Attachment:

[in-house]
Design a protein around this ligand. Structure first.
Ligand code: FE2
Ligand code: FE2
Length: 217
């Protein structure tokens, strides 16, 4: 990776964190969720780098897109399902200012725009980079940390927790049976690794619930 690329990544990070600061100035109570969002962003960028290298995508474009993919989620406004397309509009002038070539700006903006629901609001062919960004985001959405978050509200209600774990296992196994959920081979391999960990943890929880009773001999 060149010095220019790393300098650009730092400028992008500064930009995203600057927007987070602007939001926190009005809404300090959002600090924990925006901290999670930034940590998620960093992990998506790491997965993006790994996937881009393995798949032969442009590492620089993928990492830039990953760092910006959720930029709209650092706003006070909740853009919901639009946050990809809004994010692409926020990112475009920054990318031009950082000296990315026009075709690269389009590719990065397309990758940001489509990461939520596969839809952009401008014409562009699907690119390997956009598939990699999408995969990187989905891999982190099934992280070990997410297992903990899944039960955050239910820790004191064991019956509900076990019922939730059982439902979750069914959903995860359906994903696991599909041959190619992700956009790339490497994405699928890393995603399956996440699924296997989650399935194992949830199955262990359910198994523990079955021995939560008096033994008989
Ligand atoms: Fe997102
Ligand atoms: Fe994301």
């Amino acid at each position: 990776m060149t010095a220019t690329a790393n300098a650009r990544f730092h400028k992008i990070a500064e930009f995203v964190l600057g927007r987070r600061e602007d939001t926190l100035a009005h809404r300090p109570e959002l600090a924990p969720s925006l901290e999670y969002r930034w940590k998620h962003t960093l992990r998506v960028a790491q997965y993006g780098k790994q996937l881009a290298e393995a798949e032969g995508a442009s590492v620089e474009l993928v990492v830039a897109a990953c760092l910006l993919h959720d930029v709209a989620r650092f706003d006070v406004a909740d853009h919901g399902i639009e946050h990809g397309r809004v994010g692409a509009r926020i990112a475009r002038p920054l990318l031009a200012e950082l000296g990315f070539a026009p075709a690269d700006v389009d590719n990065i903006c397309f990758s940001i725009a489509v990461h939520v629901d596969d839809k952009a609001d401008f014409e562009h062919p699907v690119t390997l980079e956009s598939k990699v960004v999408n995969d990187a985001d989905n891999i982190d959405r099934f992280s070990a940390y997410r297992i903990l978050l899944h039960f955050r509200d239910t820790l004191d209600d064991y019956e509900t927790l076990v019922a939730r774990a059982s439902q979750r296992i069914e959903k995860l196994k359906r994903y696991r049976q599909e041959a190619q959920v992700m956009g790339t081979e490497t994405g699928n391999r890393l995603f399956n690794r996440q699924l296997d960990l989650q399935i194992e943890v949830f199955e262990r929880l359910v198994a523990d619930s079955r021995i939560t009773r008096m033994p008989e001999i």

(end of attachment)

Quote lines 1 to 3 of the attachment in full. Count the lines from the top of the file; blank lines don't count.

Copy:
[in-house]
Design a protein around this ligand. Structure first.
Ligand code: FE2